PepsiCo wants to grow profits and shrink its carbon footprint. That requires the company to "go bigger" and "accelerate" climate action, a top sustainability exec says.
- PepsiCo's sprawling global supply chains account for 93% of its carbon footprint.
- That supply chain is growing and emitting more greenhouse gas emissions.
This article is part of Insider's weekly newsletter on sustainability, written by Catherine Boudreau, senior sustainability reporter.
Snackers around the world consume some 1 billion PepsiCo products every day.
The ingredients in those snacks and drinks — plus the packaging, manufacturing, and shipping required to get everything from Cheetos to Gatorade into our hands — make up about 93% of PepsiCo's greenhouse-gas output, also known as Scope 3 emissions.
In 2021, the company announced a strategy to transform those supply chains so it could both grow profits and shrink emissions by 40% this decade. But PepsiCo's Scope 3 emissions rose 5% last year compared to 2015 levels, largely due to "unprecedented business growth." Revenue jumped 25% during that time to nearly $80 billion.
Jim Andrew, PepsiCo's executive vice president and chief sustainability officer, told Insider he's confident the strategy will deliver results in the coming years. I spoke to Andrew on the sidelines of Climate Week NYC. Read our conversation below.
Catherine Boudreau: How can PepsiCo sell more products and reduce emissions?
Jim Andrew: We've made some great progress, but we need to go bigger on scale and accelerate everything. Regenerative agriculture is really important. We have a big agricultural footprint. We touch about 7 million acres in any given year, which is about the size of Maryland.
Last year, we helped put regenerative practices on 345,000 acres and eventually will expand that to all 7 million. We cost share on practices like cover cropping and no-till farming. We just announced a partnership with ADM, a 7 ½-year agreement to bring regenerative-agricultural practices to another 2 million acres in the US.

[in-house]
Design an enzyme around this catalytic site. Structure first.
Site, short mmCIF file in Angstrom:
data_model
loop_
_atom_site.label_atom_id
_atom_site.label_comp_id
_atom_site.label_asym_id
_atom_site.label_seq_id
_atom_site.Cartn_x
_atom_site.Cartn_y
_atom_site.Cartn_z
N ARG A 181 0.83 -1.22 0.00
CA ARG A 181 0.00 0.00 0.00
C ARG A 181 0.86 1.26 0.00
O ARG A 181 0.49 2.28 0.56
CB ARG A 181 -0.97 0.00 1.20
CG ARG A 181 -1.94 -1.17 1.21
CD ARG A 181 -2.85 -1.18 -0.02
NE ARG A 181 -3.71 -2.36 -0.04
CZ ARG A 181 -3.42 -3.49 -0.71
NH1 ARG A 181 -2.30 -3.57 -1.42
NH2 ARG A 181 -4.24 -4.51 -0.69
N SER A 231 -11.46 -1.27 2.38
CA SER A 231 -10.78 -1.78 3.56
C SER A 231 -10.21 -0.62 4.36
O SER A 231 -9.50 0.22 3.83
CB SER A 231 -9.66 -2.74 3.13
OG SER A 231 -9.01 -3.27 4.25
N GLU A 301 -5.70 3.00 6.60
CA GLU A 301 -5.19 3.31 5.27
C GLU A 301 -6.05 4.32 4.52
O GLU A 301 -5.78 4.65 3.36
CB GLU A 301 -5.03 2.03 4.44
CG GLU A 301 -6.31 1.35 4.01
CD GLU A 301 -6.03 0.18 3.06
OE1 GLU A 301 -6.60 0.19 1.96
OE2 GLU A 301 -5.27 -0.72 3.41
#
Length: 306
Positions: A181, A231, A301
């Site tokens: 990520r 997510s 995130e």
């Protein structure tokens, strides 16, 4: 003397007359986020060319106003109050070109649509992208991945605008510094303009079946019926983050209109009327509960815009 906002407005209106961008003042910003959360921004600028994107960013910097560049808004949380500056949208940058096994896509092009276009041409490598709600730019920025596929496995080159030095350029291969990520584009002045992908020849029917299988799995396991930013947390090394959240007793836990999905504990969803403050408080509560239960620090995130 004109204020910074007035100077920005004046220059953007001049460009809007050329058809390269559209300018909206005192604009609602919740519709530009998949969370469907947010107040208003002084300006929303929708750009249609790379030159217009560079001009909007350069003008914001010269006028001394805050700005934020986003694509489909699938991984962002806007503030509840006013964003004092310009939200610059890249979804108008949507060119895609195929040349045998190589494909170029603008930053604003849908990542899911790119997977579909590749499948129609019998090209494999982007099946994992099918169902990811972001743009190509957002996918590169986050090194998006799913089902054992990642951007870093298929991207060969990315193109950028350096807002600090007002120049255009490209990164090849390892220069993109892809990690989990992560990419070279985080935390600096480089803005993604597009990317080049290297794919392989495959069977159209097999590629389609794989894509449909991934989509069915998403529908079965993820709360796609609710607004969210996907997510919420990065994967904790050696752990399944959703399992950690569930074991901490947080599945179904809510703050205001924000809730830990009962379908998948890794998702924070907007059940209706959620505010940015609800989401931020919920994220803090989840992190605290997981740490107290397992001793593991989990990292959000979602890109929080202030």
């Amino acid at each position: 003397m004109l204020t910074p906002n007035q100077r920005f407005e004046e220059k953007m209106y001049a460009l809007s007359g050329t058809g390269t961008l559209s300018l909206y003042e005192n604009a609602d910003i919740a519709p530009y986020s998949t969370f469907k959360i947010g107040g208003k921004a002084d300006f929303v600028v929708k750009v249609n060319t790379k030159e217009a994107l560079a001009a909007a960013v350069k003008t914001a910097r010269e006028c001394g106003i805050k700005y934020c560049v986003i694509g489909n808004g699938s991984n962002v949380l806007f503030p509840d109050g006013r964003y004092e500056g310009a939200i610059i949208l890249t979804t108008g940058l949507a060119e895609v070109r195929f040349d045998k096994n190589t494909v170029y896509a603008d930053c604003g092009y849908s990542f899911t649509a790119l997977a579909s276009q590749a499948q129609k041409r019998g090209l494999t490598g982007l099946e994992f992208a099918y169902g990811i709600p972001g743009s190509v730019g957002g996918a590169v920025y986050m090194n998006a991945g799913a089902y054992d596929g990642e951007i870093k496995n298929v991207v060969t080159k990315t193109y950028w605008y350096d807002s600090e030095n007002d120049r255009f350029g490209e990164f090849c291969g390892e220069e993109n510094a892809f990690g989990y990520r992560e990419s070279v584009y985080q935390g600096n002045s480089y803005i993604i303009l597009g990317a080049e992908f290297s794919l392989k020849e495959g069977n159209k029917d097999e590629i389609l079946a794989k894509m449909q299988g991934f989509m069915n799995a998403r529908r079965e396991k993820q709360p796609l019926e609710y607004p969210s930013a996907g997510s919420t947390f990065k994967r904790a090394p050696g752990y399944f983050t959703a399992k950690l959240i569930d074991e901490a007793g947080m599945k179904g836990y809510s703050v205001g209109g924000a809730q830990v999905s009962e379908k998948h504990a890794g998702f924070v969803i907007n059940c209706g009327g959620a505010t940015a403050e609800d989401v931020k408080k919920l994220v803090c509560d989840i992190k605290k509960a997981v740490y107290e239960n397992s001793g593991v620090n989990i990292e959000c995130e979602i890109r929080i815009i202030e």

We've also told our independent bottlers and co-manufacturers in the US and around the world to report their emissions by the end of this year and a science-based target to reduce them by the end of 2023.
What about clean energy?
PepsiCo said it will be 100% renewable across its value chain, and we're already at 70% around the world. One of the best things our suppliers can do is get onto renewable electricity.
We're all about putting new electricity into the grid. There are a variety of instruments to do that, including a virtual power-purchase agreement. We teamed up with Schneider Electric to create a frictionless way for suppliers to get onto renewable electricity without having to do the mountains of paperwork and contracting that we had to do at first.
That takes some time to set up. We didn't get any climate benefit from that last year, but we absolutely will this year.
PepsiCo supports a global treaty to end plastic waste. Why?
It's not as simple as not using a certain cup anymore. There needs to be policy and infrastructure to support collection and sortation. We need consumers to do something. That whole chain needs to work. A well-designed treaty would enable that transition.
We have to do our part as a producer by reducing plastic wherever we can, like light weighting products and using more recycled content. We also have to reinvent. PepsiCo spent $3.5 billion on SodaStream in 2018 and expanded it significantly, putting the flavors people love on the platform. Between now and 2030, we estimate it will save 200 billion bottles because consumers are making beverages at home with no single-use plastic.
A lot of waste gets shipped overseas and ends up in landfills and waterways. What is PepsiCo doing about that?
We invested in a group called Circulate Capital. They have teams in India and Southeast Asia that are working with the informal sector in a way that's very respectful. There are millions of people around the world in the informal sector that collect waste to get it sorted and then processed.
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